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Ikeda Wisdom Academy

Highlights of the July 2024 Study Material

Photo by Yvonne Ng.

• should be district through national youth leaders. 
• have their own copy of The Wisdom of the Lotus Sutra, vol. 3.
• read the assigned material prior to each meeting.

The Wisdom of the Lotus Sutra, vol. 3, pp. 127–64

Part Three: “Encouraging Devotion” Chapter
A Disciple Battles the Three Powerful Enemies

Supplementary Materials:
The Lotus Sutra and Its Opening and Closing Sutras, pp. 229–34 
The Record of the Orally Transmitted Teachings, pp. 109–14

The Bodhisattva Vow

In “Encouraging Devotion,” the 13th chapter of the Lotus Sutra, Shakyamuni Buddha’s disciples “roar the lion’s roar” by declaring various vows to spread the Lotus Sutra after the Buddha’s passing. These vows include confronting the three powerful enemies that try to impede the progress of kosen-rufu. 

Upholding a vow to lead all people to happiness is the theme of this chapter. Ikeda Sensei says: 

The essence of Buddhism is to live one’s life as a great ordinary person. To completely dedicate one’s life to others; to thoroughly exert oneself for the Law and for society; and to die having fully expended oneself—that is the way of life of a bodhisattva and a Buddha. It’s a matter of laying down one’s life; of fearlessly speaking out on behalf of justice; of exhausting one’s energy to bring people true happiness. Where this spirit is lacking, Buddhism does not exist. 

The Lotus Sutra describes this selfless dedication with the words, “We care nothing for our bodies or lives but are anxious only for the unsurpassed way” (The Lotus Sutra and Its Opening and Closing Sutras, p. 233). This is the spirit of the “Encouraging Devotion” chapter. …. This is also the essence of the spirit of the Soka movement. Fundamentally, the Soka movement exists only where people dedicate their lives to spreading the Law. (The Wisdom of the Lotus Sutra, vol. 3, p. 130)

—Prepared by the SGI-USA Study Department

The Three Powerful Enemies

The three powerful enemies are three types of arrogant people who persecute those who propagate the Lotus Sutra in the Latter Day of the Law. They are: 

arrogant lay people: Those ignorant of Buddhism who curse, speak ill of and attack practitioners of the Lotus Sutra.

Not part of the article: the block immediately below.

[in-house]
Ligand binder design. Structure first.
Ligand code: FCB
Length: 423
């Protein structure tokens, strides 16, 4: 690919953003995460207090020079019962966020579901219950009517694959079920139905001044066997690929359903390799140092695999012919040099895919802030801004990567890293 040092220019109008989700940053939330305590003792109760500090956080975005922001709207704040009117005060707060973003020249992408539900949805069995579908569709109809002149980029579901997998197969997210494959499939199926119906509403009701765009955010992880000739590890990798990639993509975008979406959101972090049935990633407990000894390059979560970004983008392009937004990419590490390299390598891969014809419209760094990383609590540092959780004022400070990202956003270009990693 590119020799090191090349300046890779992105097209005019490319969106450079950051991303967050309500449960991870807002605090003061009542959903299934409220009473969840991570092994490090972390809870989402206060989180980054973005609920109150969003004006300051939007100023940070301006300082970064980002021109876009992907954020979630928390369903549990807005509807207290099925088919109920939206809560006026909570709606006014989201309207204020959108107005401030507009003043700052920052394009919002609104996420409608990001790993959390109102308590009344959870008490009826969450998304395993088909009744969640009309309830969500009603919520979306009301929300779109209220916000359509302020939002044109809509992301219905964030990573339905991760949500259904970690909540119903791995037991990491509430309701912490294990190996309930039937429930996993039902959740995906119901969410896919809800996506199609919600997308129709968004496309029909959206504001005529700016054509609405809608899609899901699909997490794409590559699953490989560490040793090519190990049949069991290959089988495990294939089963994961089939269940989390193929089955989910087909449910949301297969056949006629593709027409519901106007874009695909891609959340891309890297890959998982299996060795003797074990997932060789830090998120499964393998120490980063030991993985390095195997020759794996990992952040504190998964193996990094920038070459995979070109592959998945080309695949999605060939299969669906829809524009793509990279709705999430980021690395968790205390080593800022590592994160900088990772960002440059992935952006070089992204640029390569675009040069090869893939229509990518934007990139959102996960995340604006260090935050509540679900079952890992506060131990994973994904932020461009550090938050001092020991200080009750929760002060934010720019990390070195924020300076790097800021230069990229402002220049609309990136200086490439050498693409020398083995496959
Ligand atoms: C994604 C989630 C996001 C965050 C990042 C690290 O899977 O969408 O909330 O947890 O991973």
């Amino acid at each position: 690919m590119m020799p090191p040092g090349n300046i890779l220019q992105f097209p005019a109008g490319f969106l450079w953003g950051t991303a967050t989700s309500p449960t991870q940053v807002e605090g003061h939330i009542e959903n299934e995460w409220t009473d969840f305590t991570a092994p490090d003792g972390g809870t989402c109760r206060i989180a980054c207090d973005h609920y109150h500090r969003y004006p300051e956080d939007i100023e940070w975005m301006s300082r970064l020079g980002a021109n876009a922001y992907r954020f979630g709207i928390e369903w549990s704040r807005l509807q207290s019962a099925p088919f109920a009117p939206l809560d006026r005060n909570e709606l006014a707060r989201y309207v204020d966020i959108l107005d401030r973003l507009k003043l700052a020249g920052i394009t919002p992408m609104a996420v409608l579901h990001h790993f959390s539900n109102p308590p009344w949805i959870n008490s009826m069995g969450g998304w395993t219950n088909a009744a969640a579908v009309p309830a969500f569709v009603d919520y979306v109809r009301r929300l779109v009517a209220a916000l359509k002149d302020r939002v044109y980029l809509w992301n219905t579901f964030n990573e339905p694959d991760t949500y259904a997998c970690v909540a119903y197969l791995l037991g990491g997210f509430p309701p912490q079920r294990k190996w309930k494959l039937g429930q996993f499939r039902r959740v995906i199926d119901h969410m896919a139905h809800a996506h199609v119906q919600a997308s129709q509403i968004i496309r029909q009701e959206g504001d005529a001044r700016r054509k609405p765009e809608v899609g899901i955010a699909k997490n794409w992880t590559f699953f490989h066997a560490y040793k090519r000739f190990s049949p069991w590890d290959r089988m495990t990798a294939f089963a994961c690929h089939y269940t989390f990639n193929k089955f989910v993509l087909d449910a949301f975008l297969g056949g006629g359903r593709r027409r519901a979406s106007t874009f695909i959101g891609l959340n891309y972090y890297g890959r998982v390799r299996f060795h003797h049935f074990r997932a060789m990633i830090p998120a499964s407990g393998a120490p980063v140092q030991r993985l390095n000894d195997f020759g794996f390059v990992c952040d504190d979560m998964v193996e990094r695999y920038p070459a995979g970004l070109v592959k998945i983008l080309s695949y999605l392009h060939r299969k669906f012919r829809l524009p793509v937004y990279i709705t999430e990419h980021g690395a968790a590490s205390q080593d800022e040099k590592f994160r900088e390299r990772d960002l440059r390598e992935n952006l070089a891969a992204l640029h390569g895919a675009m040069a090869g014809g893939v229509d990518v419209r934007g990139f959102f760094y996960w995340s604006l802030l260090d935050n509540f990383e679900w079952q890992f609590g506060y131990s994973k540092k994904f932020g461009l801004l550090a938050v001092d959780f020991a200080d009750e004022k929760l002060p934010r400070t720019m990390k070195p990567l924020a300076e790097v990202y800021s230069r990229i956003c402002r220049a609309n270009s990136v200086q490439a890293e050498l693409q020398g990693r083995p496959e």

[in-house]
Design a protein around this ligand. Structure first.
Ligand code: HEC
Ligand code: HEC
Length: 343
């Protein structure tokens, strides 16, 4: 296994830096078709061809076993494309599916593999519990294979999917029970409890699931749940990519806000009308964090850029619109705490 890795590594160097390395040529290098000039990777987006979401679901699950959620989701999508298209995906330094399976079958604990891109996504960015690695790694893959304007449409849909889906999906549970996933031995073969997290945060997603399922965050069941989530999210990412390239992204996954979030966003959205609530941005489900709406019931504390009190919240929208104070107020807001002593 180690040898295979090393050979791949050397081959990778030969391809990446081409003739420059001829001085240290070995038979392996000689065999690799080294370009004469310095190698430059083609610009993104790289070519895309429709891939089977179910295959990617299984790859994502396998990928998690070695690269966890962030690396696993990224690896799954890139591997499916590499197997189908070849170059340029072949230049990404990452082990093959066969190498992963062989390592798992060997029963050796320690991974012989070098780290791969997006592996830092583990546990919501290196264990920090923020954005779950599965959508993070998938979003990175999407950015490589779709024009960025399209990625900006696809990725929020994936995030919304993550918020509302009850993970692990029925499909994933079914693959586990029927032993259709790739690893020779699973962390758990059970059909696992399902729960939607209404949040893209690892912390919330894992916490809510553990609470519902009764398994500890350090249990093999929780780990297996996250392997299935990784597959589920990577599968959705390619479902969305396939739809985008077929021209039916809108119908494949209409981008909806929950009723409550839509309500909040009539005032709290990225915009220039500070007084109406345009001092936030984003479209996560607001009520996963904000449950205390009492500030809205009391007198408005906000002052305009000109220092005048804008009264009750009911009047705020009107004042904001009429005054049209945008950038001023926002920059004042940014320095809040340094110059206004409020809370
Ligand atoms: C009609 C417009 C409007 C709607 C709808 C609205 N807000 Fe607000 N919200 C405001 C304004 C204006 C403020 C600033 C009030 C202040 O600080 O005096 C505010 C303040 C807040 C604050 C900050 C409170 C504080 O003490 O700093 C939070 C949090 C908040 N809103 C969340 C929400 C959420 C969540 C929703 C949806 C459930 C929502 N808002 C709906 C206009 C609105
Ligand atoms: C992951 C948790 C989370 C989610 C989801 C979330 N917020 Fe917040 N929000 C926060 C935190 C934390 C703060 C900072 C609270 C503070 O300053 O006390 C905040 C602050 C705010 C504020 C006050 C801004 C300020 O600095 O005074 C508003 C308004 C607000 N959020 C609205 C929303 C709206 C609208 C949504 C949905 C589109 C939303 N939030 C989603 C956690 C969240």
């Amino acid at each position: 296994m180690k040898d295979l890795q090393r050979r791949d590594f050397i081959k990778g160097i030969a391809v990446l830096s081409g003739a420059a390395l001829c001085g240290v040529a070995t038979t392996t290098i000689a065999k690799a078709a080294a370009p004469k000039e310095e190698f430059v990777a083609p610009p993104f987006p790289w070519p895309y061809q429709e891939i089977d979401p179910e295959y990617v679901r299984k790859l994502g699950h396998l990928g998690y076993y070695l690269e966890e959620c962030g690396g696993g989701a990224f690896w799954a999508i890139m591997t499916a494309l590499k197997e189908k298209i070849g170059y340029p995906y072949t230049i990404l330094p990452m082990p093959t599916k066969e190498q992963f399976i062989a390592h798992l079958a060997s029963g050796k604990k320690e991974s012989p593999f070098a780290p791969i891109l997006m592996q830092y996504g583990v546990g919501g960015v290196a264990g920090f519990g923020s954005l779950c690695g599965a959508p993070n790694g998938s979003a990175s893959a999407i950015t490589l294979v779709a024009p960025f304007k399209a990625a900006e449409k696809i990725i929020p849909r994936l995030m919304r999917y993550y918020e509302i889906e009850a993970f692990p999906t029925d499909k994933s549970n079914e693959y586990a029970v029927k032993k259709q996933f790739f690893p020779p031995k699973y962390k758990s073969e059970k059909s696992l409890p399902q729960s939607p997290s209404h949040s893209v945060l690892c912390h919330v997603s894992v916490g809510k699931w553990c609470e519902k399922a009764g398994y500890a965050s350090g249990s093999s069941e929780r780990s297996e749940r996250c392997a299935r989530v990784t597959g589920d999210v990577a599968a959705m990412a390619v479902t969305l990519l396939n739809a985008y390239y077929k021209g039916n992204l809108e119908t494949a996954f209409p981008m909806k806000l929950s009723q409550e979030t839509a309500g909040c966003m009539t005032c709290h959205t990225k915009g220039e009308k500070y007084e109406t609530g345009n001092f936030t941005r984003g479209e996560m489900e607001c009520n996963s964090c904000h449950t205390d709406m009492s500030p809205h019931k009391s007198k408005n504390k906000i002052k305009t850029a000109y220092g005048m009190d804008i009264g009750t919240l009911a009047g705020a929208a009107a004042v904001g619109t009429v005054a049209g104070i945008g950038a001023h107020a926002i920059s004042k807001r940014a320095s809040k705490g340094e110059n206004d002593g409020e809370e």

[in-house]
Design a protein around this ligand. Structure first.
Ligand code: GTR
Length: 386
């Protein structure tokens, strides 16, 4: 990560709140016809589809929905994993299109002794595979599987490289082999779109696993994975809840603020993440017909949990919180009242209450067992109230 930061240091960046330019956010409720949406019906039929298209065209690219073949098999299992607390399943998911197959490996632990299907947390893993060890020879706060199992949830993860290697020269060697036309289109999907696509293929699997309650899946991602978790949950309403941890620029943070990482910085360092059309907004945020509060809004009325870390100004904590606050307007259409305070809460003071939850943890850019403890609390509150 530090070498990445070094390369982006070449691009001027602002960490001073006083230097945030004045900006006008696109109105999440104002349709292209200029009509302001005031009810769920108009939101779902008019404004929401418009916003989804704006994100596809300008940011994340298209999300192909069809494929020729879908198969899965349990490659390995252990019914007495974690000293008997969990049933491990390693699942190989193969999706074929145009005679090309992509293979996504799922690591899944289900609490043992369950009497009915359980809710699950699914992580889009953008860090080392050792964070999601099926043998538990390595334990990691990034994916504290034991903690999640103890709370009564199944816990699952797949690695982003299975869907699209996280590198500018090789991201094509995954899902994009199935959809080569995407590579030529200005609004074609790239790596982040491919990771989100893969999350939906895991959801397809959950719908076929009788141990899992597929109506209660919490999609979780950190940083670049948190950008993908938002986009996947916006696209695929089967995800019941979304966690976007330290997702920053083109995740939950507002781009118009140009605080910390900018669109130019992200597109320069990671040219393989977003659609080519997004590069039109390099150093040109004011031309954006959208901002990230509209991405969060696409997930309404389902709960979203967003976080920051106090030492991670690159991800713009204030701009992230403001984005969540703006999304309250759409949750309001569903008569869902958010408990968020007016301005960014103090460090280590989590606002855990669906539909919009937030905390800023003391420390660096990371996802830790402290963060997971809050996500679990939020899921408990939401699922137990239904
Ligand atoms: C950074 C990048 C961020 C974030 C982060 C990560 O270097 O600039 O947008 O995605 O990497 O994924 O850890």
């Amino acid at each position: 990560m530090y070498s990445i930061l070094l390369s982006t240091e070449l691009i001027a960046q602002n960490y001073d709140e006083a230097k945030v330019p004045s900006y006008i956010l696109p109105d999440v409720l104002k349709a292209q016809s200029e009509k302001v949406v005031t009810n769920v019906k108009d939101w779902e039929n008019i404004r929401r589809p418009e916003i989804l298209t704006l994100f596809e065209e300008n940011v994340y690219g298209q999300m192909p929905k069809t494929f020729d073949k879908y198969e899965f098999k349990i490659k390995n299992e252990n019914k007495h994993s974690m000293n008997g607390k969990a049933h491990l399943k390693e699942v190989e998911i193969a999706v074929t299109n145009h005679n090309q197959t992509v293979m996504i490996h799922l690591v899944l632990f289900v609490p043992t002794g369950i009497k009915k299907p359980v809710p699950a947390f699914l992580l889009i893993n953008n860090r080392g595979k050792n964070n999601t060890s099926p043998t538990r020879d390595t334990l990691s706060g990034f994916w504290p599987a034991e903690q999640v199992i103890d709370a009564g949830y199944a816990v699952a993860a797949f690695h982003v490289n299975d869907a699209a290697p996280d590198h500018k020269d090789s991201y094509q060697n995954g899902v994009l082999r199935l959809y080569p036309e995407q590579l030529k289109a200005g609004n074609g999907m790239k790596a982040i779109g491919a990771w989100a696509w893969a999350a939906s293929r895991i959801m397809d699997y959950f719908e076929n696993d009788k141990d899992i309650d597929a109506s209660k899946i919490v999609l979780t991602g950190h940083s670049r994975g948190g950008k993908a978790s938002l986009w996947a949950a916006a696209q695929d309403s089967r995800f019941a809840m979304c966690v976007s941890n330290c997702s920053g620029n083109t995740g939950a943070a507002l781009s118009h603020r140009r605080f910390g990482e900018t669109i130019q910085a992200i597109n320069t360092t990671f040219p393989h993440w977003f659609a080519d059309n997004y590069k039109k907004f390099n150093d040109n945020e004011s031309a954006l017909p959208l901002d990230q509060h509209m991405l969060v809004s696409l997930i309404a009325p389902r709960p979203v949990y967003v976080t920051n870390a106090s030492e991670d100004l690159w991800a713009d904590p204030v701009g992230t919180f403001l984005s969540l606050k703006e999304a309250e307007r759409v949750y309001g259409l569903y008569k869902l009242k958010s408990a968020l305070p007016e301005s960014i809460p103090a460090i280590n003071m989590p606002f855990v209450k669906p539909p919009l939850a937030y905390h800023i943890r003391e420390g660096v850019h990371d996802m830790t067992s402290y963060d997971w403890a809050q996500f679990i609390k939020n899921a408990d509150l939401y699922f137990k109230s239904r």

arrogant priests: Clerics who are perverse in wisdom. Although they fail to understand Buddhism, they boast of having attained Buddhist truth and slander the sutra’s practitioners.
arrogant false sages: Those who pretend to be sages and are revered as such, but when they encounter practitioners of the Lotus Sutra, they become fearful of losing fame or profit and conspire with secular authorities to persecute them.

Ikeda Sensei says: 

We find a clear contrast between the votaries of the Lotus Sutra and the three powerful enemies, particularly false sages. On one hand, there is an attitude of respect for human beings; on the other, an attitude of outright contempt. This translates into the difference between a religion that exists for the people and one that exists to perpetuate its own authority; between a religion that struggles against corrupt power and one that acts in league with corrupt figures of power and authority. …

On the level of the individual, practicing the Lotus Sutra means confronting the fundamental darkness in one’s own life. In terms of society, it means confronting corrupt power and authority. Practicing the Lotus Sutra, therefore, necessarily entails challenging great difficulties. Someone who does not confront great hardship is not a true votary of the Lotus Sutra. (WLS-3, 148)

—Prepared by the SGI-USA Study Department

Studying Helps Me Have No Regrets

Sasha Ndam

Q: How has Ikeda Wisdom Academy changed the way you practice Buddhism?

Since my mom, who always supported me, passed away two years ago, I’ve been learning to trust myself. I struggle with confidence in my ability to do well in school. I was busy with work for a time and kept missing Ikeda Wisdom Academy meetings. Even though I was chanting, something felt off. My life wasn’t expanding. I realized the thing I was missing was study, so I chanted to find the time to attend Ikeda Wisdom Academy meetings again. 

Studying about the treasure tower, I developed a deeper perspective on the power of my life. In The Wisdom of the Lotus Sutra, Ikeda Sensei talks about humankind and the uncertainty in today’s world, saying that even when there is something we can do to change our circumstances, we aren’t confident that our efforts will make a difference (see WLS-3, 34). That’s exactly how I felt. Studying taught me that I can use all aspects of my life to create value and learn to trust in my efforts. 

For example, last year, I felt stagnant in my chapter responsibility. When describing the dragon girl, Sensei encourages us to advance cheerfully (see WLS-3, 97). I decided to practice with joy instead of frustration and saw in real time how cheerfully taking action refreshes everyone. That simple shift revived my passion and mission to support the young women and future division members in my chapter. 

Now, I’m on track to complete my master’s program and start my Ph.D. studies. Though it’s still a challenge, I noticed that whatever I’m going through, as long as I’m engaging in Buddhist practice and study, I never have any regrets.

The Wisdom of the Lotus Sutra, vol. 3, pp. 167–91
Part Four: “Peaceful Practices” Chapter
• The Lotus Sutra Enables All People to Attain Absolute Peace and Happiness

From the July 2024 Living Buddhism

Nichiren Daishonin—His Lifelong Vow and Great Compassion

Material for Discussion Meetings (July)